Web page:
Peter Siegel: There’s a million stories, not quite as simple as going around. Anyway, for me, when someone, say, when Clarence Ashley played at Gerde’s Folk City, I could record Clarence Ashley by asking him if it was okay, there was no money in it. There was no agent or manager or lawyer to jump out and say, “You can’t do that.” The club didn’t mind – I don’t think we ever asked, just put a microphone up on stage. Whenever I had an album come out, we made an agreement, for instance with the Clarence Ashley, we made a full-fledged record deal with his grandson who owns the rights. You could ask “Can I record you?” and they’d say “sure,” but you couldn’t put it out. I certainly never put it out without going back and finding the person and making an agreement. But you could record. My motivation for recording wasn’t thinking about records at that time, but largely I like the idea of recording and there weren’t many albums of this kind of music available. I like the idea of having that music to listen to. So I started recording that stuff and…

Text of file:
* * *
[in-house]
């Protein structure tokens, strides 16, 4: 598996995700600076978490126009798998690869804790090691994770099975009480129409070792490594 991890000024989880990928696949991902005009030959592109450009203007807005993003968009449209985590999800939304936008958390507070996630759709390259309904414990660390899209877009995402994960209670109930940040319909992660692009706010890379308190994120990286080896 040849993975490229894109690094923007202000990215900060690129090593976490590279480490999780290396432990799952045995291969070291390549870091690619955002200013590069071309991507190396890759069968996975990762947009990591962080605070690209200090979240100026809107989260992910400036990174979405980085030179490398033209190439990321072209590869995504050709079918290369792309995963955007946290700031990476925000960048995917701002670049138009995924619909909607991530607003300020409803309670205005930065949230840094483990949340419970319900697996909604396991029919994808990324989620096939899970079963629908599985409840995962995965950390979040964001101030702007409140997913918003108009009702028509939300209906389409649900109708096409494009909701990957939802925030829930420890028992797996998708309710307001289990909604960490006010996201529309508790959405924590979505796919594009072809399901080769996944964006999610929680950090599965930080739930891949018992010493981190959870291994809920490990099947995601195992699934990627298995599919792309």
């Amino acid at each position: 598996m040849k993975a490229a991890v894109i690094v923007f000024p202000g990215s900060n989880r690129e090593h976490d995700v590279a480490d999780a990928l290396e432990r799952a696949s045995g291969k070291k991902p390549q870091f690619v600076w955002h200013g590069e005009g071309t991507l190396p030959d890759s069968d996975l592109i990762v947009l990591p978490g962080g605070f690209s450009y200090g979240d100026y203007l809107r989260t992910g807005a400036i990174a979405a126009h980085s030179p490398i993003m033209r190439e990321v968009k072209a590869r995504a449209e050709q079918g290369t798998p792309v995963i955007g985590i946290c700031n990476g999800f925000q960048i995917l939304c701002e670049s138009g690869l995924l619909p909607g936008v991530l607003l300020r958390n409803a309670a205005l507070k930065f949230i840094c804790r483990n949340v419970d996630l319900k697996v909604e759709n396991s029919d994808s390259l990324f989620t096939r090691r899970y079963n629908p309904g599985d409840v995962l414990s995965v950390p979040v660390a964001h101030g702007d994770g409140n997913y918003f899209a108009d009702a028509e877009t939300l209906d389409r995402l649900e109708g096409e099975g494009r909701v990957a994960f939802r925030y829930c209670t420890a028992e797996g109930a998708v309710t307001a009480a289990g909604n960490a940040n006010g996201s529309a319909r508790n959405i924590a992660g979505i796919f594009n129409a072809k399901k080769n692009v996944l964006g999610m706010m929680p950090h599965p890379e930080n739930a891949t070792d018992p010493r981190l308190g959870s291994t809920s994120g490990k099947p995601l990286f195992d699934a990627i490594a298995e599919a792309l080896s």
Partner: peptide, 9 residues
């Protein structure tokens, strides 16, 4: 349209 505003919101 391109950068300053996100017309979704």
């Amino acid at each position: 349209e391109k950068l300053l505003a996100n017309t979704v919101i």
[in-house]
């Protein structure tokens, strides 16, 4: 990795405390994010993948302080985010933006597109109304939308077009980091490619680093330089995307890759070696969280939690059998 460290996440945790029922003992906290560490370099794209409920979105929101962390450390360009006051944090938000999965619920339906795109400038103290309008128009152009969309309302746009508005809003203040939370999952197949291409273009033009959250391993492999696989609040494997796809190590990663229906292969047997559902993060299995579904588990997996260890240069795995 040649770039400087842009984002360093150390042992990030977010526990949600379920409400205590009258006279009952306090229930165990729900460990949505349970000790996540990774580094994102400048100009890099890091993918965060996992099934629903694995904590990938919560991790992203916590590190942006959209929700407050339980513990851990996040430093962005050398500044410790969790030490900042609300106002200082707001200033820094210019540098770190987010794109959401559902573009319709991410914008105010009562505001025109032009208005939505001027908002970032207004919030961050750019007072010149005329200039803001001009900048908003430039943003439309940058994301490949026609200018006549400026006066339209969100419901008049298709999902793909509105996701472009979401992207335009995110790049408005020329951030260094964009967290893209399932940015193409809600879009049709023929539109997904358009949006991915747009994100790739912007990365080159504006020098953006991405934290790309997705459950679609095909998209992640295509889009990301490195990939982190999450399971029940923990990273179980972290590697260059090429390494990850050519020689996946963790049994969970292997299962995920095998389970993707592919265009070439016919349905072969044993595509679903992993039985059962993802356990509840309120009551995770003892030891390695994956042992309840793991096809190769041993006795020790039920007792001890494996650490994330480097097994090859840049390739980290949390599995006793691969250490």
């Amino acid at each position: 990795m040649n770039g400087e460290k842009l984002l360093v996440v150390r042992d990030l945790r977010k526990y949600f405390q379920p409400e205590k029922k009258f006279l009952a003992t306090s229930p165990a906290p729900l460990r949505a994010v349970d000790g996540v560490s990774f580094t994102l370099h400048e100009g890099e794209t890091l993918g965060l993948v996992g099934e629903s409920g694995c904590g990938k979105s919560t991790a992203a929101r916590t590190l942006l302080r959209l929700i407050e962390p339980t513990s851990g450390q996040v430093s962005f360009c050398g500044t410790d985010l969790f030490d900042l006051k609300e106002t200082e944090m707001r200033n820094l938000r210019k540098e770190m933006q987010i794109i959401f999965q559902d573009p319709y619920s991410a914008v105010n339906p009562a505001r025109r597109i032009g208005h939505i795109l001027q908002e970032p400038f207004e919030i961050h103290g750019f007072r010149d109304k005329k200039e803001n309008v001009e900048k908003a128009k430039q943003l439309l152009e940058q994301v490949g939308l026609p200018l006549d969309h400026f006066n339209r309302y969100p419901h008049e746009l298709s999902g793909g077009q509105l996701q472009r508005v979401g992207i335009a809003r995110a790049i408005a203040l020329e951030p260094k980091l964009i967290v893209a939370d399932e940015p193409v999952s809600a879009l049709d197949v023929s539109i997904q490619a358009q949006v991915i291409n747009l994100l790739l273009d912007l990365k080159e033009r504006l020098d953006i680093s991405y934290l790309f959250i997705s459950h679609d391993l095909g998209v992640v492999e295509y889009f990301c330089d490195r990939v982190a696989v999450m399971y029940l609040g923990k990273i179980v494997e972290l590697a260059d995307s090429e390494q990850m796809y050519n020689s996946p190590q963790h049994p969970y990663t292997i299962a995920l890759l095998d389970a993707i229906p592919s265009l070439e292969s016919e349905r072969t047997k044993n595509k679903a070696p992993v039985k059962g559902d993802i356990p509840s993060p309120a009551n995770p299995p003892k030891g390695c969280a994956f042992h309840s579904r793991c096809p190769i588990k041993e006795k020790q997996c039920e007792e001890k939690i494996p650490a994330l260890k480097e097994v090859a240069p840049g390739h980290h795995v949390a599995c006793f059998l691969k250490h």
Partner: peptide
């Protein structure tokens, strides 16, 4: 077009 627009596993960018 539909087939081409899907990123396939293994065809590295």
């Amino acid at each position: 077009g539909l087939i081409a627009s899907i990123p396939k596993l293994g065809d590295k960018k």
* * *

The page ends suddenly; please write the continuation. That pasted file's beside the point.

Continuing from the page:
Clarence Ashley talks and performs The Cuckoo:
E#: Were you interested in the technical end, how to make your recordings sound better?
Peter Siegel: Later I was. I was in a band called the Even Dozen Jug Band. There was a lot if interesting people in that band.
E#: Yeah! Maria Muldaur, John Sebastian, David Grisman, Steve Katz
Peter Siegel: Almost everyone in that band went on to do something
E#: That bass player who went on to become a cult leader?
Peter Siegel: No, Fritz Richmond was not in it – he was in the Kweskin Jug Band. There was a thing about jug bands for about 10 minutes!
[ed. note: Fritz Richmond was the bass player of the Jim Kweskin Jug Band. He was not in a cult.]
E#: Yeah, in fact, I was in a jug band in high school, a little later.
Even Dozen Jug Band live at Fordham University